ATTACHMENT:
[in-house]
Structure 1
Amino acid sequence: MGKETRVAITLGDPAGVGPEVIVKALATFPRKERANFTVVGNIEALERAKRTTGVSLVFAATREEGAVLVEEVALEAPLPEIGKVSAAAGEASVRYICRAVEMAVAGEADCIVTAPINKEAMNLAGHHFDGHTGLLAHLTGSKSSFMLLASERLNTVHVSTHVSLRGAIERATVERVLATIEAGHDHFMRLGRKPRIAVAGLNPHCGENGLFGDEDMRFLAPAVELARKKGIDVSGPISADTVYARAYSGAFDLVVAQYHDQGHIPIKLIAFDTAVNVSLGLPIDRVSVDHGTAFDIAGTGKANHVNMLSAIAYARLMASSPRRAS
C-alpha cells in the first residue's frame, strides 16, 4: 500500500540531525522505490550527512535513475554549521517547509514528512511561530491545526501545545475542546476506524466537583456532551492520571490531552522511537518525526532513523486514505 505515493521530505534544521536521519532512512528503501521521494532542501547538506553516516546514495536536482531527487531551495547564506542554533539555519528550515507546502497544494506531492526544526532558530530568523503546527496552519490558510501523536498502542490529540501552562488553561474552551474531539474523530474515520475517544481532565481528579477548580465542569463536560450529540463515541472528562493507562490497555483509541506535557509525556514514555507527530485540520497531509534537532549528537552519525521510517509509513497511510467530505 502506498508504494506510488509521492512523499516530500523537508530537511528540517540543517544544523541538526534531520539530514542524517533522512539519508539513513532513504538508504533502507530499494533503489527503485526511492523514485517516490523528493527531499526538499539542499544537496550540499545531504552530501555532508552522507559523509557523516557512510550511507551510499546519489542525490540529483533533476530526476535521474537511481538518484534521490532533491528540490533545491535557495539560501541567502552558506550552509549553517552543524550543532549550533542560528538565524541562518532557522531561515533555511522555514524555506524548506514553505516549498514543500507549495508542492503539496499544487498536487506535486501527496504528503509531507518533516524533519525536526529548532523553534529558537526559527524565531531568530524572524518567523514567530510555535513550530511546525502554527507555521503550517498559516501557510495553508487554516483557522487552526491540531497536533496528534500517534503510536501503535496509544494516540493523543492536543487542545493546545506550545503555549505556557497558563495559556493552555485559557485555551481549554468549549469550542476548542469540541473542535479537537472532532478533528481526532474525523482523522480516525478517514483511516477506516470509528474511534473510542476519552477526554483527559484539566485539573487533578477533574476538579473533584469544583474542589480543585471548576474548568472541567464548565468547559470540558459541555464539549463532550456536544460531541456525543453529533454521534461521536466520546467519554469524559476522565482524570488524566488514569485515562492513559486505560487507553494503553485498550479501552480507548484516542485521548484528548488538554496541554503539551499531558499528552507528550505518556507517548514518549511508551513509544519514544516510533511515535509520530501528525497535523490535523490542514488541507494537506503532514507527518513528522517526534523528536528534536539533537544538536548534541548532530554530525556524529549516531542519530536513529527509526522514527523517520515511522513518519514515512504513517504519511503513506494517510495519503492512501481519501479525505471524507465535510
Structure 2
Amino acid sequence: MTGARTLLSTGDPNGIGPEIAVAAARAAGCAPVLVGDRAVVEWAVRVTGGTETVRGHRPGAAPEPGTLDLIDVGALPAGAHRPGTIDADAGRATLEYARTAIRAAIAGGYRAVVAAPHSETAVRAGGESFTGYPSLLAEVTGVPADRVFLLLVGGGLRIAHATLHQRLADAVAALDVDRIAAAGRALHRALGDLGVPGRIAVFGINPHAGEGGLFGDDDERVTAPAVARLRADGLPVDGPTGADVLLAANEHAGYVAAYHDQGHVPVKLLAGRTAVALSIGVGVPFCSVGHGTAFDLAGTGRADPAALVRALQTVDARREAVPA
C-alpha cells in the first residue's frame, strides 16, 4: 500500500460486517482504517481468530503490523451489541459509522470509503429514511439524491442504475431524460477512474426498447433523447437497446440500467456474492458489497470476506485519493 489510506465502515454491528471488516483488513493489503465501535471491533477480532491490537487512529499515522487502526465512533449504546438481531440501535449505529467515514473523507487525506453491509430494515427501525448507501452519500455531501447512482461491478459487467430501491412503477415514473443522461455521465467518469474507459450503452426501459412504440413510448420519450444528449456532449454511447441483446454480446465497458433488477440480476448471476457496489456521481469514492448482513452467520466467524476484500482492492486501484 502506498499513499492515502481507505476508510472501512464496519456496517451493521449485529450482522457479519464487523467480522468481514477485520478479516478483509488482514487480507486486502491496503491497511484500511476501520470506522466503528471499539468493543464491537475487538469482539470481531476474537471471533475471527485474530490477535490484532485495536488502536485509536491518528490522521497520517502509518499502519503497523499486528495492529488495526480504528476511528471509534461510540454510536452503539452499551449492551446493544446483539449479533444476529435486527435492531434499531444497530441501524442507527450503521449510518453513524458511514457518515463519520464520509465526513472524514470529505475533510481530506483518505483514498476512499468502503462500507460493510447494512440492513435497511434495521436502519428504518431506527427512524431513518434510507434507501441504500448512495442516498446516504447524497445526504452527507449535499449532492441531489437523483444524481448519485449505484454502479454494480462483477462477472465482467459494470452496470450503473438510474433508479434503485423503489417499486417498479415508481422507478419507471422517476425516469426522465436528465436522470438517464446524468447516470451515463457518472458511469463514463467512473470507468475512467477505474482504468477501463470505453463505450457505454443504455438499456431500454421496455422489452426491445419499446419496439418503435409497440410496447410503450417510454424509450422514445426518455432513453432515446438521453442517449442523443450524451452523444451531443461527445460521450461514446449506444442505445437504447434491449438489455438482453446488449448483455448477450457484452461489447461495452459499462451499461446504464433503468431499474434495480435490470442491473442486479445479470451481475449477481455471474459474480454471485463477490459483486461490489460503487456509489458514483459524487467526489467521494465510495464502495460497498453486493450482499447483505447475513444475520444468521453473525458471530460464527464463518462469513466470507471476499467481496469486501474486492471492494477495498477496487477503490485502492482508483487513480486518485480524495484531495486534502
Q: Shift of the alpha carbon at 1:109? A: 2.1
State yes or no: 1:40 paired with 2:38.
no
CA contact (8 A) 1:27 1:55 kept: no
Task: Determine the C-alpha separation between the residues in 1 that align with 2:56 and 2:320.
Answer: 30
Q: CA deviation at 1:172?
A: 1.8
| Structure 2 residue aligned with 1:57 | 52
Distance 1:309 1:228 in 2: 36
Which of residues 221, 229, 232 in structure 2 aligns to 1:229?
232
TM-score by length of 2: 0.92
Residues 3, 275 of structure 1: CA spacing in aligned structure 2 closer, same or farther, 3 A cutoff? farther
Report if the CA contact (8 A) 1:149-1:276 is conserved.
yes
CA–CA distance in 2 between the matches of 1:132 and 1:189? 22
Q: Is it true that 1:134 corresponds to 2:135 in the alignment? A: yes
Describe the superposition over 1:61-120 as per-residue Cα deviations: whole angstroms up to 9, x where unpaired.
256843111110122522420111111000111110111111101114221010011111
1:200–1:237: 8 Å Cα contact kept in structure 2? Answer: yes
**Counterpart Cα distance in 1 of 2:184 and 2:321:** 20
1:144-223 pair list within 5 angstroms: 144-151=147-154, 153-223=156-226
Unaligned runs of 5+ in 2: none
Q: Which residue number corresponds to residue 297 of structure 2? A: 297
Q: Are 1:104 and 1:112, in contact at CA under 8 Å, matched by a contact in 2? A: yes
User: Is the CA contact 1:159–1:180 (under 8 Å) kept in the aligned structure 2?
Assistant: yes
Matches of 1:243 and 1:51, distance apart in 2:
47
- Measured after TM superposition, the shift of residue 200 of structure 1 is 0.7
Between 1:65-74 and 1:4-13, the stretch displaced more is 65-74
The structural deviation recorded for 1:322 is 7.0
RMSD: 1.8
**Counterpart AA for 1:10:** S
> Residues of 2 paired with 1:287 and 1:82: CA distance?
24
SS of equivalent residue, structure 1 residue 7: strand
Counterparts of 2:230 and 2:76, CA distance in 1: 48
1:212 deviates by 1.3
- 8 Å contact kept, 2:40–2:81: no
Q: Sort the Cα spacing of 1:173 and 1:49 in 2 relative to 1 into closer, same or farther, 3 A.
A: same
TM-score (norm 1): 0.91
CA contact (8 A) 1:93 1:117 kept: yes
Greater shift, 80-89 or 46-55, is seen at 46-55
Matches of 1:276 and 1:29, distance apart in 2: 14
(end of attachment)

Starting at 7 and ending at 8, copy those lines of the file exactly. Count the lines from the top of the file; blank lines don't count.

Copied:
C-alpha cells in the first residue's frame, strides 16, 4: 500500500460486517482504517481468530503490523451489541459509522470509503429514511439524491442504475431524460477512474426498447433523447437497446440500467456474492458489497470476506485519493 489510506465502515454491528471488516483488513493489503465501535471491533477480532491490537487512529499515522487502526465512533449504546438481531440501535449505529467515514473523507487525506453491509430494515427501525448507501452519500455531501447512482461491478459487467430501491412503477415514473443522461455521465467518469474507459450503452426501459412504440413510448420519450444528449456532449454511447441483446454480446465497458433488477440480476448471476457496489456521481469514492448482513452467520466467524476484500482492492486501484 502506498499513499492515502481507505476508510472501512464496519456496517451493521449485529450482522457479519464487523467480522468481514477485520478479516478483509488482514487480507486486502491496503491497511484500511476501520470506522466503528471499539468493543464491537475487538469482539470481531476474537471471533475471527485474530490477535490484532485495536488502536485509536491518528490522521497520517502509518499502519503497523499486528495492529488495526480504528476511528471509534461510540454510536452503539452499551449492551446493544446483539449479533444476529435486527435492531434499531444497530441501524442507527450503521449510518453513524458511514457518515463519520464520509465526513472524514470529505475533510481530506483518505483514498476512499468502503462500507460493510447494512440492513435497511434495521436502519428504518431506527427512524431513518434510507434507501441504500448512495442516498446516504447524497445526504452527507449535499449532492441531489437523483444524481448519485449505484454502479454494480462483477462477472465482467459494470452496470450503473438510474433508479434503485423503489417499486417498479415508481422507478419507471422517476425516469426522465436528465436522470438517464446524468447516470451515463457518472458511469463514463467512473470507468475512467477505474482504468477501463470505453463505450457505454443504455438499456431500454421496455422489452426491445419499446419496439418503435409497440410496447410503450417510454424509450422514445426518455432513453432515446438521453442517449442523443450524451452523444451531443461527445460521450461514446449506444442505445437504447434491449438489455438482453446488449448483455448477450457484452461489447461495452459499462451499461446504464433503468431499474434495480435490470442491473442486479445479470451481475449477481455471474459474480454471485463477490459483486461490489460503487456509489458514483459524487467526489467521494465510495464502495460497498453486493450482499447483505447475513444475520444468521453473525458471530460464527464463518462469513466470507471476499467481496469486501474486492471492494477495498477496487477503490485502492482508483487513480486518485480524495484531495486534502
Q: Shift of the alpha carbon at 1:109? A: 2.1